There is some truth behind the notion that stress can turn your hair gray. A new study finds that intense stress can trigger cellular damage leading to premature aging.
Researchers from Brigham and Women's Hospital from Boston found that women suffering phobic anxiety, such as fear of heights, had shorter telomeres, the outermost part of chromosomes that shorten as we age, than their less-stressed counterparts.
Researchers looked at blood samples from more than 5,000 women aged 42 to 69 years old, in addition to survey answers regarding their experiences with phobias and anxiety.
The difference in telomere lengths, considered markers of biological or cellular aging, of those women who were highly phobic and those who were not was tallied up to an additional six years of age.
"Many people wonder about whether -- and how -- stress can make us age faster," wrote study author Olivia Okereke.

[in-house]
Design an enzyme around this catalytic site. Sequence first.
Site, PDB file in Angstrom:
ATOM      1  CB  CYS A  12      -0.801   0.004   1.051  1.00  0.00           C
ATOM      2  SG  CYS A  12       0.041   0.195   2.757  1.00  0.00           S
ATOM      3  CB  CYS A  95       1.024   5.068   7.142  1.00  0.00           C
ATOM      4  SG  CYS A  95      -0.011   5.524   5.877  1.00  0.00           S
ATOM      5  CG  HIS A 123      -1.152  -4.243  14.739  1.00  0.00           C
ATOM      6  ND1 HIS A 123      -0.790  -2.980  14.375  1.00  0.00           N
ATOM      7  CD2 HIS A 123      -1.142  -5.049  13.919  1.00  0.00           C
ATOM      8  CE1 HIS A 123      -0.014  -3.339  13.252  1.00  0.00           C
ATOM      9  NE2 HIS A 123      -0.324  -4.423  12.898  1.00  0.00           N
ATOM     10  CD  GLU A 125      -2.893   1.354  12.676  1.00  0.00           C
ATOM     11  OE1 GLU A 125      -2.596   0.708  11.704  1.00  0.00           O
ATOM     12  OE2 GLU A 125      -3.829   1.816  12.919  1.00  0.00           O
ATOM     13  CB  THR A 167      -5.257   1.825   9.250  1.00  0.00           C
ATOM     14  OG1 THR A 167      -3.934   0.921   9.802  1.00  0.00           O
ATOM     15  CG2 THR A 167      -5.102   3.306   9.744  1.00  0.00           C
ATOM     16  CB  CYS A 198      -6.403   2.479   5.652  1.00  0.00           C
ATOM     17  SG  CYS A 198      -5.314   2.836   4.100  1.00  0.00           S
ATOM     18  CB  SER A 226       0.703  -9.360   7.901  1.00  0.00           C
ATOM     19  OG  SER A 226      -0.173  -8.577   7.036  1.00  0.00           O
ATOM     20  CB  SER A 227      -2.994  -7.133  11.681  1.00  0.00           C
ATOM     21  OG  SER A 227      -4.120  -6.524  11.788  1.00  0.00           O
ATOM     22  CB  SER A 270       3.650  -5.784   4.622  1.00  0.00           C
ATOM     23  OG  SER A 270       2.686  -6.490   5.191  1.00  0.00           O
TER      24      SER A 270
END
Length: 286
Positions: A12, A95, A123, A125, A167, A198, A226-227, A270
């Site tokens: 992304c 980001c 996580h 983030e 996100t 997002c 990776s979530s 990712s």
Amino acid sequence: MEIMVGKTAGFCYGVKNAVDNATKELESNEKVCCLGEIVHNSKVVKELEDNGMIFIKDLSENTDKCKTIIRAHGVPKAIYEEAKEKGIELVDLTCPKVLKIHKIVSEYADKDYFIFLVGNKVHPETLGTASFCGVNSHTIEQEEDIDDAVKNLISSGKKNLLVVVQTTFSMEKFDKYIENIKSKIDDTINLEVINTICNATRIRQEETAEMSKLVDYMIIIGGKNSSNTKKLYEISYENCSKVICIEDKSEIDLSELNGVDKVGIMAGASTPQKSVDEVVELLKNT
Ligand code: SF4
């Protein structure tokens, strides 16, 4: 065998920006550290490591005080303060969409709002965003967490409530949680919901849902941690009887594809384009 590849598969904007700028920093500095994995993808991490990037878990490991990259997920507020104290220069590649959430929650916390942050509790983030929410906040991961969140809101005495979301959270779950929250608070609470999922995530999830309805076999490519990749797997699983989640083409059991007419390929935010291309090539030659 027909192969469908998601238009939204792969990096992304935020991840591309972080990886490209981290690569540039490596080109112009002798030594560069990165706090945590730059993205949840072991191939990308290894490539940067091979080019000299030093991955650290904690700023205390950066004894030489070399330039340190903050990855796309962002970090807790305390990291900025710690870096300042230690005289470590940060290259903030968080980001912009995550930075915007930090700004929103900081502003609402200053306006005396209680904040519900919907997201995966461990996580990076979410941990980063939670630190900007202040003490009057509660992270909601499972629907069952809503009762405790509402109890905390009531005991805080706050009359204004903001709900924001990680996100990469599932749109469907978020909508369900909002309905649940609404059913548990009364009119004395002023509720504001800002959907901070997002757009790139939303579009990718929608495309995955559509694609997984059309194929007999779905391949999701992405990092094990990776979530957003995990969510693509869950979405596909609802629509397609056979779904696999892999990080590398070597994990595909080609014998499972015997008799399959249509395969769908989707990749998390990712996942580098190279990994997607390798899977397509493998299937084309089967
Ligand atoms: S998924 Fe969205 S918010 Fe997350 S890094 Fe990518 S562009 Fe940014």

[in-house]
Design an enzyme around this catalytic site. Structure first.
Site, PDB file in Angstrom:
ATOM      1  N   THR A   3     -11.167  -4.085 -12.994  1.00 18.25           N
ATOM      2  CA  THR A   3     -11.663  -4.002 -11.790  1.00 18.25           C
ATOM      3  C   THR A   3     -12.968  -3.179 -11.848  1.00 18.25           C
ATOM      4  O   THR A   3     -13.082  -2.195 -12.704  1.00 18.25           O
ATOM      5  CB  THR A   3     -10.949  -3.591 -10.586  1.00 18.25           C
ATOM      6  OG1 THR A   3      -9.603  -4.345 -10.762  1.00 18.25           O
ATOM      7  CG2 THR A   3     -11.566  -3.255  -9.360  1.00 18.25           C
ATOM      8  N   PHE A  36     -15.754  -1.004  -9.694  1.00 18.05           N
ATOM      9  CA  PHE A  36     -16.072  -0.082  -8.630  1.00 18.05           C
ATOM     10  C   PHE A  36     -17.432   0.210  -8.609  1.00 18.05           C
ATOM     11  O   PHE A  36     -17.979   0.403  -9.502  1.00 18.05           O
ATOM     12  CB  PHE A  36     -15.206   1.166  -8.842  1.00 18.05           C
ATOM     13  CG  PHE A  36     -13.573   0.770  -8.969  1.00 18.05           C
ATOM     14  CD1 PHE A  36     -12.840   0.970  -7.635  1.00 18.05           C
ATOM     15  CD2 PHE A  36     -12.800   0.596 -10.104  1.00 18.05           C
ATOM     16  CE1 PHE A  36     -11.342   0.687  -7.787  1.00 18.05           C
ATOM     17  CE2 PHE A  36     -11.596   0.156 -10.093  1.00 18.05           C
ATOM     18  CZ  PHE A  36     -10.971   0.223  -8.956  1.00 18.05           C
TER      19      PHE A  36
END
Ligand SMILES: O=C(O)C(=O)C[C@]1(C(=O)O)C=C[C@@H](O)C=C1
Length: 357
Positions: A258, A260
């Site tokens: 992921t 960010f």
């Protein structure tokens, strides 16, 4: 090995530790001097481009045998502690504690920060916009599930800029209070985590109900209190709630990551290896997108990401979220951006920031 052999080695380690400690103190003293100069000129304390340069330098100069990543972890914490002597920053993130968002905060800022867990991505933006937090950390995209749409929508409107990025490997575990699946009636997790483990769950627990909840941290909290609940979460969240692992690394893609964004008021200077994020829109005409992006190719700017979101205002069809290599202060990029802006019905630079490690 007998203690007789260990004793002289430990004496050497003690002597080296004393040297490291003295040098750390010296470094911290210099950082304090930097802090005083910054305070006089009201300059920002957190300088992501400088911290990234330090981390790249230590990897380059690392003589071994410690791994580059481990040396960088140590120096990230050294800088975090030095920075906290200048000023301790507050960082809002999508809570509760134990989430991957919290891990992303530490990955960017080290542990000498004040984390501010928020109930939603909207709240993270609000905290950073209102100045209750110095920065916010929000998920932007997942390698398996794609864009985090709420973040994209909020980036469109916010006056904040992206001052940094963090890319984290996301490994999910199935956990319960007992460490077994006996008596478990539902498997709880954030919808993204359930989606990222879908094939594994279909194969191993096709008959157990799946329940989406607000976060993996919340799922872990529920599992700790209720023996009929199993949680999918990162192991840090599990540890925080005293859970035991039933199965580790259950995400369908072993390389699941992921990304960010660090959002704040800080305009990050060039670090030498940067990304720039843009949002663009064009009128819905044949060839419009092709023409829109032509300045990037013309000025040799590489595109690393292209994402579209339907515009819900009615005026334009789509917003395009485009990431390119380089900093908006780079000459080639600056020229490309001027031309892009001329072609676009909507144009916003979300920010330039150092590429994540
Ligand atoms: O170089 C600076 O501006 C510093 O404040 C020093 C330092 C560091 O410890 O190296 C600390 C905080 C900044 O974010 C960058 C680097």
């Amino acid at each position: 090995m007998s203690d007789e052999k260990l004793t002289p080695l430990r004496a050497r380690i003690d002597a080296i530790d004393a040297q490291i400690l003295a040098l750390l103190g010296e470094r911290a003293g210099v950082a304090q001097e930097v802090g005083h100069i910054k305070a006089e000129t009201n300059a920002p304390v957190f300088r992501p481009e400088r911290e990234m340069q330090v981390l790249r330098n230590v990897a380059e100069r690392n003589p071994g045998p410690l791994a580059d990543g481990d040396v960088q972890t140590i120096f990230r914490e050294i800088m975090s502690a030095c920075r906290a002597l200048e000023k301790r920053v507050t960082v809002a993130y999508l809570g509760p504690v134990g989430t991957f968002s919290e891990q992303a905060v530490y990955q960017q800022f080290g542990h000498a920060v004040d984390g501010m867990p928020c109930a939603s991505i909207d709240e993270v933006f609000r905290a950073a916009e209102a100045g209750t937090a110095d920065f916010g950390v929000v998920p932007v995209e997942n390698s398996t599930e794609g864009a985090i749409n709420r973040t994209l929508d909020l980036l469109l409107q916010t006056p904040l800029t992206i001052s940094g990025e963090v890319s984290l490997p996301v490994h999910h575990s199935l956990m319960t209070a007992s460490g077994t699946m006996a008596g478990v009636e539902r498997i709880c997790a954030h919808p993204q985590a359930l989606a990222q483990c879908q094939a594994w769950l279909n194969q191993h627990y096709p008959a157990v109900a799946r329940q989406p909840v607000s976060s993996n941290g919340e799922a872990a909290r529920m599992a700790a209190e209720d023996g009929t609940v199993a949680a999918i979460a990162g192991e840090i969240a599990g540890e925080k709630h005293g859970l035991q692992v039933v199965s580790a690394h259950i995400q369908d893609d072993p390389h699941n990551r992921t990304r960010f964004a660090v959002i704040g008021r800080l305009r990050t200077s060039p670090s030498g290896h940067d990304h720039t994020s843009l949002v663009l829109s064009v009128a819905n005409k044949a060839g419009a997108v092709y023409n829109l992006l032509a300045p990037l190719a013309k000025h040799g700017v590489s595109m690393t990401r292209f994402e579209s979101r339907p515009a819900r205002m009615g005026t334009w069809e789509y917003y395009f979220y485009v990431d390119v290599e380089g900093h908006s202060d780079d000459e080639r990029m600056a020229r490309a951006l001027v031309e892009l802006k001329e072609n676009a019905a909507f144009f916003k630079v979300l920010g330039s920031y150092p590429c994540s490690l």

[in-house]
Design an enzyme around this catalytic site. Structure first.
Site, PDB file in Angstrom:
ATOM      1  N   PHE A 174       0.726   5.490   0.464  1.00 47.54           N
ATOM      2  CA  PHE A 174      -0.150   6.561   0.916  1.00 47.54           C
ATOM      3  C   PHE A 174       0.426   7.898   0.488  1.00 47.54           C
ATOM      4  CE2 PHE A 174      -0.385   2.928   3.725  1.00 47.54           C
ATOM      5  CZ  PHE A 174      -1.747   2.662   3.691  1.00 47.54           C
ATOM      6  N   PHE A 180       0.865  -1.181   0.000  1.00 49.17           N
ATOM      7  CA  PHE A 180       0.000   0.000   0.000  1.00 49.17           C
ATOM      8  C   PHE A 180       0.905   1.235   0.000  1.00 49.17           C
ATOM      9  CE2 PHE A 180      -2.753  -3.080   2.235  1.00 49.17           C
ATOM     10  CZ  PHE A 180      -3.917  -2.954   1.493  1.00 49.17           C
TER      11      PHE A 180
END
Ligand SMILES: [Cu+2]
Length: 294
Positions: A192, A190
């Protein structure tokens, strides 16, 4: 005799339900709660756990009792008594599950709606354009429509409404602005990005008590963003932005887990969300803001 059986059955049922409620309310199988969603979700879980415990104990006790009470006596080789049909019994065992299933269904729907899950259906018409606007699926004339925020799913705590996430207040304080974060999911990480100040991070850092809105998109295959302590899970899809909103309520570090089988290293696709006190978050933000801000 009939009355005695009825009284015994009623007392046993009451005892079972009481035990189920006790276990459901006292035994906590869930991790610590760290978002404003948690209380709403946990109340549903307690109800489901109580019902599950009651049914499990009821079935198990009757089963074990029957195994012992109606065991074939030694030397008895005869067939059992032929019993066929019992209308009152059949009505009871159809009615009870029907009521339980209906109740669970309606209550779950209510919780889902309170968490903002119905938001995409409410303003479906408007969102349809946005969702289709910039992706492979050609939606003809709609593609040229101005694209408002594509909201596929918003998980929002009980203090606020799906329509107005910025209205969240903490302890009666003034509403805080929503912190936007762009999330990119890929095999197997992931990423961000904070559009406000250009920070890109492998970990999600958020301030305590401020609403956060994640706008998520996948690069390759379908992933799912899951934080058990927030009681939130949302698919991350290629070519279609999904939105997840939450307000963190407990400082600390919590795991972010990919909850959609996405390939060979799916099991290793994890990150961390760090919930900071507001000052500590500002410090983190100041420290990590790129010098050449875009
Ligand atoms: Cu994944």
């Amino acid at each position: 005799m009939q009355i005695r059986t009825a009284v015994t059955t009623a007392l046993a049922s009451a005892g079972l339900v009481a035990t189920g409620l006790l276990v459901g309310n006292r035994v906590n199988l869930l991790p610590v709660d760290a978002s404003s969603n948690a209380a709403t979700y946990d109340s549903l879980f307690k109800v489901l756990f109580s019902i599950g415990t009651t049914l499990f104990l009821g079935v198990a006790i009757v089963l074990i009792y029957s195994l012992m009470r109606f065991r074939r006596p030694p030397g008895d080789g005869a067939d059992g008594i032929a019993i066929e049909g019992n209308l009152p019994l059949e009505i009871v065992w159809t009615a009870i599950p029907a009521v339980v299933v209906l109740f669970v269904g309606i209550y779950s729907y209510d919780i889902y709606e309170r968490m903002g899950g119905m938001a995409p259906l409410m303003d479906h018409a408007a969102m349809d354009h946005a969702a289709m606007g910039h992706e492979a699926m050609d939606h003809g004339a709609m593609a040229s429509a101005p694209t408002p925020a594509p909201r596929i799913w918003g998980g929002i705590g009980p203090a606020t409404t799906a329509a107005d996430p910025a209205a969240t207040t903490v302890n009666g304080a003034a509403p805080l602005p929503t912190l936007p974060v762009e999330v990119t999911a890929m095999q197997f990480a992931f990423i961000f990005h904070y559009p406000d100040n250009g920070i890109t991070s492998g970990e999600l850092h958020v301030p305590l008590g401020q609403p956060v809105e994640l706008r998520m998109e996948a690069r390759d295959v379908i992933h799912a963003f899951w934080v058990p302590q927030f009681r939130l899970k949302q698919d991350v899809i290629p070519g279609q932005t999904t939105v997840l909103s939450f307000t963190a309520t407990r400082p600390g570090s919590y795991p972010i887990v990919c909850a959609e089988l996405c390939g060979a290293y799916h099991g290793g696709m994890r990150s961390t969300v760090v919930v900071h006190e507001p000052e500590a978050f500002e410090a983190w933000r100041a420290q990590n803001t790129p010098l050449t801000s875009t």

"So, this study is notable for showing a connection between a common form of psychological stress -- phobic anxiety -- and a plausible mechanism for premature aging."
The study was published online in the peer-reviewed journal PLoS ONE on July 11.
The research follows another recent study published in Biological Psychiatry that also shows that people who are severely stressed have shorter telomeres. While short-term stress -- such as nervousness before a job interview or a big speech -- has been linked to boosting immunity, long-term stress has been pegged as a culprit in everything from weight gain to heart attacks.
Want to slash your stress levels? Earlier research found that subjects who practiced Buddhist meditation significantly decreased both cortisol and blood pressure, two signs of stress, in a six-week study.